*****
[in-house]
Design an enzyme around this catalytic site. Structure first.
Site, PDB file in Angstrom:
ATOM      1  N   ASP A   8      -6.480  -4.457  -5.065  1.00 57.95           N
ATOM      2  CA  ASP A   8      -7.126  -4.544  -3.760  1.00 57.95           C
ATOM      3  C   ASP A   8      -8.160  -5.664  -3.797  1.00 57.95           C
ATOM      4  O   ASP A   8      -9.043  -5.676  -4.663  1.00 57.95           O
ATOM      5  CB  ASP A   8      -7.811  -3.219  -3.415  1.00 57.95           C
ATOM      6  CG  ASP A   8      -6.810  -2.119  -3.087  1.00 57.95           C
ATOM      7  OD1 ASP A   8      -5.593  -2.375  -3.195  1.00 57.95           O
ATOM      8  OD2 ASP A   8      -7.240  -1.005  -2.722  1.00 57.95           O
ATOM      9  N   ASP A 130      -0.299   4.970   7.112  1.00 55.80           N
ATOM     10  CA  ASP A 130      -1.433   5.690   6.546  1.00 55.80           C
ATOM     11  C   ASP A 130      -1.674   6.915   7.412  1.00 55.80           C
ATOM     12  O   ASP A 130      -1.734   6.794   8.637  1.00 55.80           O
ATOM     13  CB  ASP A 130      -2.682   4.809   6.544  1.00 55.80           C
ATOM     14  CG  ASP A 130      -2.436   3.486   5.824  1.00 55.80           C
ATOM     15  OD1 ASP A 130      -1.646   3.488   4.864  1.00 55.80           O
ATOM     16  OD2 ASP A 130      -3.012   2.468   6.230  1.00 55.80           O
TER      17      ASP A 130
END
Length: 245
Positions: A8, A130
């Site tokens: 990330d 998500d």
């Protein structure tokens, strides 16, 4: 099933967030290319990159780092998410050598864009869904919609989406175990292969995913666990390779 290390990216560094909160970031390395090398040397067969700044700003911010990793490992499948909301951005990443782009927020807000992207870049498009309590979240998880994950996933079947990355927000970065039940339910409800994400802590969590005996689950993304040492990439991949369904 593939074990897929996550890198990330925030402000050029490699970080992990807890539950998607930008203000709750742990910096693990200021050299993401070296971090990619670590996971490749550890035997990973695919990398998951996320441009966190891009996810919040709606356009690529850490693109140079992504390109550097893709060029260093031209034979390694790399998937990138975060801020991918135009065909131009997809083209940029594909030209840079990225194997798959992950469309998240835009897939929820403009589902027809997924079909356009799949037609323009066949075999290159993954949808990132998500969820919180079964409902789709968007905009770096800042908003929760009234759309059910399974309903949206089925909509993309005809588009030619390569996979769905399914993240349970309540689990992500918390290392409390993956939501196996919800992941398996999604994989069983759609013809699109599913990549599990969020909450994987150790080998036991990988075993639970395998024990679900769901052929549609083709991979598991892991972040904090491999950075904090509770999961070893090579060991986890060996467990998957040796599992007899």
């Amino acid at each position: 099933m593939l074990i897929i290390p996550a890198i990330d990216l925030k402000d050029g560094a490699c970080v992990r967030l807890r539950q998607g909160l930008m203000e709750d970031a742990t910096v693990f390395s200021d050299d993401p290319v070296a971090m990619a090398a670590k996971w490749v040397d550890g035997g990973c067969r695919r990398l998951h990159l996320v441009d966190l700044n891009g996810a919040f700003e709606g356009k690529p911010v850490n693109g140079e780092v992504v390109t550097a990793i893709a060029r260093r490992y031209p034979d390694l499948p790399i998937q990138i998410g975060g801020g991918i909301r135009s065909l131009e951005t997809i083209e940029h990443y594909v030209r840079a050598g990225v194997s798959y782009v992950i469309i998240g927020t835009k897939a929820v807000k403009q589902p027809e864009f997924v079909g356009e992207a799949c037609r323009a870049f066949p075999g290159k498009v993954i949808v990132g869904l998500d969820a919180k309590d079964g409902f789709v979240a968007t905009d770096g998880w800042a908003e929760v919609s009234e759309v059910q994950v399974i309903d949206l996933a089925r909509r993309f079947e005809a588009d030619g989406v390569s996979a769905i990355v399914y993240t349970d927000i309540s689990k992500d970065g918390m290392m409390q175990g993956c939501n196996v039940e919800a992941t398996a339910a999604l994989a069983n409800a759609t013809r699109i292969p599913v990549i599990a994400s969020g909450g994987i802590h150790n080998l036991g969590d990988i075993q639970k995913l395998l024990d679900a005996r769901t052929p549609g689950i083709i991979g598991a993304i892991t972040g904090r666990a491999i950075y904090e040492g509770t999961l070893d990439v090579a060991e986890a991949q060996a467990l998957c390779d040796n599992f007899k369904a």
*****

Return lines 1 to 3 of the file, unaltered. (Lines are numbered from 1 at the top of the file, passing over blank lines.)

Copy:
[in-house]
Design an enzyme around this catalytic site. Structure first.
Site, PDB file in Angstrom: